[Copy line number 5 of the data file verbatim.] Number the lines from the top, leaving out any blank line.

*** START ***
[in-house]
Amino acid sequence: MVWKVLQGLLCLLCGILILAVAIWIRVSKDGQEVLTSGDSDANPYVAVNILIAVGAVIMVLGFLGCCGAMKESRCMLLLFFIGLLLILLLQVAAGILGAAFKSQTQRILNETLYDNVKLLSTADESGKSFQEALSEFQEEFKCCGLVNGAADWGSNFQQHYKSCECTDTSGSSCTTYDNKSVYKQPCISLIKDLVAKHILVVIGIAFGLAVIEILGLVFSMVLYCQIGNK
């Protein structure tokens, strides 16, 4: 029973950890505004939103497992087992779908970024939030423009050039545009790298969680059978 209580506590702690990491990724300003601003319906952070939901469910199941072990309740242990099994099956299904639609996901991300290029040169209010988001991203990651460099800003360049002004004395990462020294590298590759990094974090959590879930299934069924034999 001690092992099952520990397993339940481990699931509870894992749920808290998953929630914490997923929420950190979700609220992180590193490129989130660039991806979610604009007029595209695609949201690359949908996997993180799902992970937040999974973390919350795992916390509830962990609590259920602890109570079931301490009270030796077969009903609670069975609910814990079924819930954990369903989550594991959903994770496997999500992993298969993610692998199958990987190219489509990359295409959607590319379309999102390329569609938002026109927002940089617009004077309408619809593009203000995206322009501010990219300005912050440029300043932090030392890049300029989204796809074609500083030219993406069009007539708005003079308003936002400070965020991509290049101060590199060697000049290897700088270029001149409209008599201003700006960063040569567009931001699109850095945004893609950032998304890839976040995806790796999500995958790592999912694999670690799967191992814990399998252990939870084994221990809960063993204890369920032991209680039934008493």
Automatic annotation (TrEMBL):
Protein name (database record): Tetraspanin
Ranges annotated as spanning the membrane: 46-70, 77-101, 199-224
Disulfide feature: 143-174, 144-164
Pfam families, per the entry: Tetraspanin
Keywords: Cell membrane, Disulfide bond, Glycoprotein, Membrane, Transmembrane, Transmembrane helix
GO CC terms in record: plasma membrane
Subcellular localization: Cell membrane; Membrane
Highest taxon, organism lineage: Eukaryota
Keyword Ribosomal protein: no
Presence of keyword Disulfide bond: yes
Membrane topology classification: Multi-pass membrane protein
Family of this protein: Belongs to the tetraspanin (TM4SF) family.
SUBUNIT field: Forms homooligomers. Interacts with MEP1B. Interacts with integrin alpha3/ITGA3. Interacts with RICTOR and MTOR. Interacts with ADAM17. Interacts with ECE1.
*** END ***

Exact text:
Protein name (database record): Tetraspanin